I had a question about why I wasn’t mentioning some of the deadly herbs associated with Halloween and haunting - aconite, belladonna, bittersweet night shade, jimsonweed, foxglove and others. I’ve painted them all, and done extensive research, but since they are poisonous, I’ve avoided highlighting them. As I stated at the beginning of this 14 day series. “this is a light hearted look at herbs” and I’ve avoided any that could be harmful.
Parsley, as we all know, is edible, but it does have some serious associations. The first parsley plant was said to have sprung up from the blood of Archemorus, the son of Death, when serpents devoured him. Evil associations continued from this dire beginning. It is recommended that you plant four times as many seeds as you will need in order to give the devil his due, and during its month long germination, roots must go to the devil and back nine times before the plant will grow. Women were advised not to plant the seeds as they could become pregnant instantly. In contrast, it has also been said to induce abortion.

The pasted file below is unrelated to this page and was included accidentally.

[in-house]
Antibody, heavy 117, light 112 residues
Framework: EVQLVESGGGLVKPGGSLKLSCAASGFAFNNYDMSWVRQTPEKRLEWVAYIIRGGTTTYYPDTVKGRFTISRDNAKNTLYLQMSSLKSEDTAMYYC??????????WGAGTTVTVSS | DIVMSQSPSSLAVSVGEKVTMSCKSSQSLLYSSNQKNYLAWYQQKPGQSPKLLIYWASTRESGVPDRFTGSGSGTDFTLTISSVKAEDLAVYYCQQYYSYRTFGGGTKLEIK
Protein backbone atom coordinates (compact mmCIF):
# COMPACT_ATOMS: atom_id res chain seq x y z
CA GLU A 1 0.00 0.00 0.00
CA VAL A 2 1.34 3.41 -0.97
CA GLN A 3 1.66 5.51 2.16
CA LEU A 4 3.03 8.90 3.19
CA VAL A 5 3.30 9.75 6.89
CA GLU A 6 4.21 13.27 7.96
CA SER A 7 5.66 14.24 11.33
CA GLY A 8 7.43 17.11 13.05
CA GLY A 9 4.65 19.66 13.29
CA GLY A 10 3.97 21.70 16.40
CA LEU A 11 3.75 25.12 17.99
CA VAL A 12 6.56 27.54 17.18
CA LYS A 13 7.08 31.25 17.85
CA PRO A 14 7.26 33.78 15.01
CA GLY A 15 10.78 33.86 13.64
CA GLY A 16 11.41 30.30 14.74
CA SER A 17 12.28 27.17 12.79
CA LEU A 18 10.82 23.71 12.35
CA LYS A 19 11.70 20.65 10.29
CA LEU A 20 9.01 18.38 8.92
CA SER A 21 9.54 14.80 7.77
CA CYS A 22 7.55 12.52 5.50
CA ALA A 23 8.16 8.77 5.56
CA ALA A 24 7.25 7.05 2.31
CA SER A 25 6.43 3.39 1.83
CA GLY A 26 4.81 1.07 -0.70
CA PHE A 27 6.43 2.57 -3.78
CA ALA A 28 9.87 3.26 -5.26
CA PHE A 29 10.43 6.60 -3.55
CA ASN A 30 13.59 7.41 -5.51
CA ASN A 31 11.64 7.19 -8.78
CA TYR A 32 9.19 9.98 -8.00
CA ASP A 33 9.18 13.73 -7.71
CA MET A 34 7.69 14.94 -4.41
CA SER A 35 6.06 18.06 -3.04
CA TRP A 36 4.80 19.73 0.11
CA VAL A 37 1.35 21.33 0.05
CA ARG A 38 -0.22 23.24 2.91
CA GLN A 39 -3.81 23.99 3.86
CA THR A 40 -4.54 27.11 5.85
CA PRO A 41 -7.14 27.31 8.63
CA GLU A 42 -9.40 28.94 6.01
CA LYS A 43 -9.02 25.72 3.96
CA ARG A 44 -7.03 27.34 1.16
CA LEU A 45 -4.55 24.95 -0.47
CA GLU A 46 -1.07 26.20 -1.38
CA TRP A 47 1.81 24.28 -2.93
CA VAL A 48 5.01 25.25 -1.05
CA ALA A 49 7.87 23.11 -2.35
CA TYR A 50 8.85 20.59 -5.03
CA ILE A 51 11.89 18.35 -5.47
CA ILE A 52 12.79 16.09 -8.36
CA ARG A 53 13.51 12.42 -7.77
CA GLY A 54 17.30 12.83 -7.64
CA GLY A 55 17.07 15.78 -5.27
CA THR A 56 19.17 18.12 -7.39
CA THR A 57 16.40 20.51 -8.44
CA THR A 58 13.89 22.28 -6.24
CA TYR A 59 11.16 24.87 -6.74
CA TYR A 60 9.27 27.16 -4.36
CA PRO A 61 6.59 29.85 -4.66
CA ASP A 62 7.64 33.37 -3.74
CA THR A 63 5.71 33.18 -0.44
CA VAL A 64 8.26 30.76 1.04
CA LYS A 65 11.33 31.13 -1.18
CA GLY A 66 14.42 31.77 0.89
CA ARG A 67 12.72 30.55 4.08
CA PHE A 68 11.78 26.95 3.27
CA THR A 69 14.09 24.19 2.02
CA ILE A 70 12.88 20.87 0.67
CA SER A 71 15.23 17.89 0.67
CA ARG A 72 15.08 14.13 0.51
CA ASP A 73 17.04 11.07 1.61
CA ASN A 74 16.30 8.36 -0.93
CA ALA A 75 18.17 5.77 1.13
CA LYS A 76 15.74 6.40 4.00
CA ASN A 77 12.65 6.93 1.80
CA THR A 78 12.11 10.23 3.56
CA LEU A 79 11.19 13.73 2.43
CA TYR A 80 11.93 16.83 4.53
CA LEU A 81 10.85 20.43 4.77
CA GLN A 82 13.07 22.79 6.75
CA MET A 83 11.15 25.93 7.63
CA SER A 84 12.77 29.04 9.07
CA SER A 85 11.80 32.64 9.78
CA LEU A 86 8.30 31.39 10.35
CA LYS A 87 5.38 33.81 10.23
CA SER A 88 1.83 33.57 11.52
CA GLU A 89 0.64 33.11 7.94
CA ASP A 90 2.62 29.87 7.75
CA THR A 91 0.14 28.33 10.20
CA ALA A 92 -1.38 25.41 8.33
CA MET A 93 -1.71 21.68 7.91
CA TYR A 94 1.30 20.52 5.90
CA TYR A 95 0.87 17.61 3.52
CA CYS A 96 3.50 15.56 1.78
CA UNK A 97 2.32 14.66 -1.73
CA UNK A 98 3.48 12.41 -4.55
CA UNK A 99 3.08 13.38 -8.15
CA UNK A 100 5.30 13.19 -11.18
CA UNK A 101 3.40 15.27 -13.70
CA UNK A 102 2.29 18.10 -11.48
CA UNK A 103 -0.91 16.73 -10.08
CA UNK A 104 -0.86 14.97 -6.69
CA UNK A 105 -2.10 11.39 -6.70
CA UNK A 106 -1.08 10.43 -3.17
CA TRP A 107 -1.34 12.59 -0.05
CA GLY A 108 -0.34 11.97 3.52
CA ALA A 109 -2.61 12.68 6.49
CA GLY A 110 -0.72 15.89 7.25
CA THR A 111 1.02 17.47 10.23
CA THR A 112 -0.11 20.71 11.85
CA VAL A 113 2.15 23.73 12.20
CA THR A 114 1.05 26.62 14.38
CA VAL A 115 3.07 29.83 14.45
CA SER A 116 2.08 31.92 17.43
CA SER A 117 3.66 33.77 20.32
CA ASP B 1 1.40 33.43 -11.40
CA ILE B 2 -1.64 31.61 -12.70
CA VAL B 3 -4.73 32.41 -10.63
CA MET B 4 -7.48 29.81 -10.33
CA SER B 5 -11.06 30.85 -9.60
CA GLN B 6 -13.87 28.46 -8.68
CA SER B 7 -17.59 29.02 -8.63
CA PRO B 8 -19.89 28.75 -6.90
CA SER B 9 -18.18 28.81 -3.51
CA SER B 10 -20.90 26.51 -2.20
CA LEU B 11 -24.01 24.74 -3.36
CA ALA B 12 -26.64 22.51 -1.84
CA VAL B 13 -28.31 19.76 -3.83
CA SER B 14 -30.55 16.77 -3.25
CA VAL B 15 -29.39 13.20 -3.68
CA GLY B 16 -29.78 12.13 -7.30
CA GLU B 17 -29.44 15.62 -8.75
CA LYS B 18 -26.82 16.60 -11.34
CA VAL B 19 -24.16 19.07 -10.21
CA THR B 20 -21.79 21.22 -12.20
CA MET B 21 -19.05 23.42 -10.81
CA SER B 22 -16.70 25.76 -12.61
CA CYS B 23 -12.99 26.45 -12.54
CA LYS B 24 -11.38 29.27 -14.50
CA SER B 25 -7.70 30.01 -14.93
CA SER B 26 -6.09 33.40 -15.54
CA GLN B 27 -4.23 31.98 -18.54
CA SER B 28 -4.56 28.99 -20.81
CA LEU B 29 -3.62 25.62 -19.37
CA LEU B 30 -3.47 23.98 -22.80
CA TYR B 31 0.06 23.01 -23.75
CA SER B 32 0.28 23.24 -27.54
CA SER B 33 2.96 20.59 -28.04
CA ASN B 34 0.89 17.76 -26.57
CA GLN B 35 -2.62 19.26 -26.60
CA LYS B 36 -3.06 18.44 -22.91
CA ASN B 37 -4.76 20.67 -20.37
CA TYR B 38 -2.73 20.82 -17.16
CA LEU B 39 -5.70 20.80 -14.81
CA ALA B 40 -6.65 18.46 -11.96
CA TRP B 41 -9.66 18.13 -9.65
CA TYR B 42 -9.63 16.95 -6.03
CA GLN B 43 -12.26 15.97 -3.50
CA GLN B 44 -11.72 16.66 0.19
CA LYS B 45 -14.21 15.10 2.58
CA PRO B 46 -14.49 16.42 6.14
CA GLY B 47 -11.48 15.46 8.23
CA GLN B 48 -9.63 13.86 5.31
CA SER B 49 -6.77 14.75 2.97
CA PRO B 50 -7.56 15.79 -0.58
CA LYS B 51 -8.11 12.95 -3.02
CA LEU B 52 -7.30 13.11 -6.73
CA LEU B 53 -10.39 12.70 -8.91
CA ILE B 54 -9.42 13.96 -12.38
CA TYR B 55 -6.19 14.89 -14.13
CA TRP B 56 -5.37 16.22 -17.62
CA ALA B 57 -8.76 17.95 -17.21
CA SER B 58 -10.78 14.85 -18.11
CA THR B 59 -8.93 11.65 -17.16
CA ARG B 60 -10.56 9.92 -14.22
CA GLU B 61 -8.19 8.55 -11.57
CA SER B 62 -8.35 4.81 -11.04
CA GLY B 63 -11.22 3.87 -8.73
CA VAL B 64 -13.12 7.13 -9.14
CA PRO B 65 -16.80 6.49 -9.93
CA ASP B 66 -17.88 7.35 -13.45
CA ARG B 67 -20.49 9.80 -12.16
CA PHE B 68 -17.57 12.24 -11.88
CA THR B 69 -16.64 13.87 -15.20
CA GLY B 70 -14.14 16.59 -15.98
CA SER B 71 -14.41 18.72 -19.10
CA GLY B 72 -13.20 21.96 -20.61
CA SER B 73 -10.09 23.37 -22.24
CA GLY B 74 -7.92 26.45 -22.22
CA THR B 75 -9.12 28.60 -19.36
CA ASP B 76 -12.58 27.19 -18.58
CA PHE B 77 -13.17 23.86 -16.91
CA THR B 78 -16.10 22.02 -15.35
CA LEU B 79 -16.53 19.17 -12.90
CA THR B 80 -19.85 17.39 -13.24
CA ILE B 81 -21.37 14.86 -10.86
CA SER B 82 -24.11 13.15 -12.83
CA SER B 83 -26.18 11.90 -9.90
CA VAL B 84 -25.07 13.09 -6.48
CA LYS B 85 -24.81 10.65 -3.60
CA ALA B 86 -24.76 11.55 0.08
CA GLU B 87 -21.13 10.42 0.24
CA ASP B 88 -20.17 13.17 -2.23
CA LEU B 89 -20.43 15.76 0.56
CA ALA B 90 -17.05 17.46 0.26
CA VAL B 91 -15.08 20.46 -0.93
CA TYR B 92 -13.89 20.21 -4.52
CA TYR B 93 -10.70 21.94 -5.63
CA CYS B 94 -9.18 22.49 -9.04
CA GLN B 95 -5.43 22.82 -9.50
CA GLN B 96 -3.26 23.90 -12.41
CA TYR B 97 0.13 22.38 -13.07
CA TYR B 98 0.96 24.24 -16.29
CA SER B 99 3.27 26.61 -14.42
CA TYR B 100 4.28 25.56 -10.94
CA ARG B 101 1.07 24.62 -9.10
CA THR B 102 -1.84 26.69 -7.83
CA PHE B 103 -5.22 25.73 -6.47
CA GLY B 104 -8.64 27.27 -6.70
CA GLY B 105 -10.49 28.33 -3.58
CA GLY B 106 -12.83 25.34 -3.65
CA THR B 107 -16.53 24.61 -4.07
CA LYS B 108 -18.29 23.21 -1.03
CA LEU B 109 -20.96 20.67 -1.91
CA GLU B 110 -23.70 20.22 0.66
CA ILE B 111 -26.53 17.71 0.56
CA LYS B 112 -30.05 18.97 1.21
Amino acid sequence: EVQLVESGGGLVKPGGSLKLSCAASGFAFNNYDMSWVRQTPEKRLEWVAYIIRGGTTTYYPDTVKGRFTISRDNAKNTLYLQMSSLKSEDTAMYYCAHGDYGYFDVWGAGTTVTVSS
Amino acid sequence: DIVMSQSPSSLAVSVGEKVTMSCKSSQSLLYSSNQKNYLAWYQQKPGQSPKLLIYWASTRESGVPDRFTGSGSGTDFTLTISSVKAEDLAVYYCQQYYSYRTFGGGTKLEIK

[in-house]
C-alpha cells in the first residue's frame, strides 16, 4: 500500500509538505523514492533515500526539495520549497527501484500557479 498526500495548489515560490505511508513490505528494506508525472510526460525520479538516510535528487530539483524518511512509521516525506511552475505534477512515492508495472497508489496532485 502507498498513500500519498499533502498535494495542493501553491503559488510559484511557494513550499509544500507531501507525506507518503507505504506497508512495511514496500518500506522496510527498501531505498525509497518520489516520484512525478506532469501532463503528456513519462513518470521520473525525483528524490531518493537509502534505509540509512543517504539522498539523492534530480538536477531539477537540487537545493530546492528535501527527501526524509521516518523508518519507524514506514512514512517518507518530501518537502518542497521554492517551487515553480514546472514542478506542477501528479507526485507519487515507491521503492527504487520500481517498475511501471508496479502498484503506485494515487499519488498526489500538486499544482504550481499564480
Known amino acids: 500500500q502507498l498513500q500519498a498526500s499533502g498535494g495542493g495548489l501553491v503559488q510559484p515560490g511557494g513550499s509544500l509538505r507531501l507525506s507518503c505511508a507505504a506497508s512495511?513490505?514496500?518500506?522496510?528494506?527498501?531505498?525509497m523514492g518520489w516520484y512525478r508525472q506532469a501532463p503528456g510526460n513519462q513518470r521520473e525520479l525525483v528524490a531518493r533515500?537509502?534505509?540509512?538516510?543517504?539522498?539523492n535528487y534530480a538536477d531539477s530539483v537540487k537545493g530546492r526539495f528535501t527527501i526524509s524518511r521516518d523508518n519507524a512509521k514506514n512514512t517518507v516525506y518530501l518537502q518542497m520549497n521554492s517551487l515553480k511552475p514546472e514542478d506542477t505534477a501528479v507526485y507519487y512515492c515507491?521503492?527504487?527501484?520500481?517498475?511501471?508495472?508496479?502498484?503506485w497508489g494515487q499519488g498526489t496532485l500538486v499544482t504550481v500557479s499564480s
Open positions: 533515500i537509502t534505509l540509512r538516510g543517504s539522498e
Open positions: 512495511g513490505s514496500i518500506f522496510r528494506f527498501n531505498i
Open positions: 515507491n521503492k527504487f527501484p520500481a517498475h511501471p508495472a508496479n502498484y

Planting parsley on Good Friday during the rising moon was recommended for those willing to take a chance and hoping to avoid evil associations.
The most gruesome association I’m aware of is the October 1937 Parsley Massacre. Michele Wucker notes in The River Massacre, The Real and Imagined Borders of Hispaniola, "During just a few weeks in October 1937, Dominican soldiers killed 30,000 Haitians along the border because the victims' skin was dark, even though Dominicans were just a few shades lighter. On the Dominican border, dictator Trujillo's men asked anyone with dark skin to identify the sprigs of parsley they held up. Haitians, whose Kreyol uses a wide, flat "R", could not pronounce the trilled "R" in the Spanish word for parsley, "perejil.” If they pronounced parsley incorrectly, they were executed.
Of course, that was a racist dictator’s fault, not the innocent herb’s.